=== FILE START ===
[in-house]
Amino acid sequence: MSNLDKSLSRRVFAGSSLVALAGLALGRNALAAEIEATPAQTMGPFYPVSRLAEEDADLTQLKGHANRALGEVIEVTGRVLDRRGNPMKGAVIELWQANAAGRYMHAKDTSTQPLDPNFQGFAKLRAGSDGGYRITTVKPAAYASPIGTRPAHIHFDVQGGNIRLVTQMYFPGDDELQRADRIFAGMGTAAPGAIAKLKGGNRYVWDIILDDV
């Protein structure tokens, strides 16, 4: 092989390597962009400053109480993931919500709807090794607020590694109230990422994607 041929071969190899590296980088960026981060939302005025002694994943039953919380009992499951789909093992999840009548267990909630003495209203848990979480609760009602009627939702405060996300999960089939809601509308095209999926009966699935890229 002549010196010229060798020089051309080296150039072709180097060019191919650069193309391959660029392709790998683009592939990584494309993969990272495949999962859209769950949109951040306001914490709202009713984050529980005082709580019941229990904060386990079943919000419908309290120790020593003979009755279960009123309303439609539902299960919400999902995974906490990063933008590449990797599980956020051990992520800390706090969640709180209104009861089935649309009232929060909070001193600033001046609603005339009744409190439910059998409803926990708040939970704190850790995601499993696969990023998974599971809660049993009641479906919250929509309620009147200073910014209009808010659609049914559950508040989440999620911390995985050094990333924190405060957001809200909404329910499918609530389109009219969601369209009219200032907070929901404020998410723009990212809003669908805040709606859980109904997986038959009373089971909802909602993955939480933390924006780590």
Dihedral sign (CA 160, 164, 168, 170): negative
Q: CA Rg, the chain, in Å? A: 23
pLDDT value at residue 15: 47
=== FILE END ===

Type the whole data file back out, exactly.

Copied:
[in-house]
Amino acid sequence: MSNLDKSLSRRVFAGSSLVALAGLALGRNALAAEIEATPAQTMGPFYPVSRLAEEDADLTQLKGHANRALGEVIEVTGRVLDRRGNPMKGAVIELWQANAAGRYMHAKDTSTQPLDPNFQGFAKLRAGSDGGYRITTVKPAAYASPIGTRPAHIHFDVQGGNIRLVTQMYFPGDDELQRADRIFAGMGTAAPGAIAKLKGGNRYVWDIILDDV
């Protein structure tokens, strides 16, 4: 092989390597962009400053109480993931919500709807090794607020590694109230990422994607 041929071969190899590296980088960026981060939302005025002694994943039953919380009992499951789909093992999840009548267990909630003495209203848990979480609760009602009627939702405060996300999960089939809601509308095209999926009966699935890229 002549010196010229060798020089051309080296150039072709180097060019191919650069193309391959660029392709790998683009592939990584494309993969990272495949999962859209769950949109951040306001914490709202009713984050529980005082709580019941229990904060386990079943919000419908309290120790020593003979009755279960009123309303439609539902299960919400999902995974906490990063933008590449990797599980956020051990992520800390706090969640709180209104009861089935649309009232929060909070001193600033001046609603005339009744409190439910059998409803926990708040939970704190850790995601499993696969990023998974599971809660049993009641479906919250929509309620009147200073910014209009808010659609049914559950508040989440999620911390995985050094990333924190405060957001809200909404329910499918609530389109009219969601369209009219200032907070929901404020998410723009990212809003669908805040709606859980109904997986038959009373089971909802909602993955939480933390924006780590």
Dihedral sign (CA 160, 164, 168, 170): negative
Q: CA Rg, the chain, in Å? A: 23
pLDDT value at residue 15: 47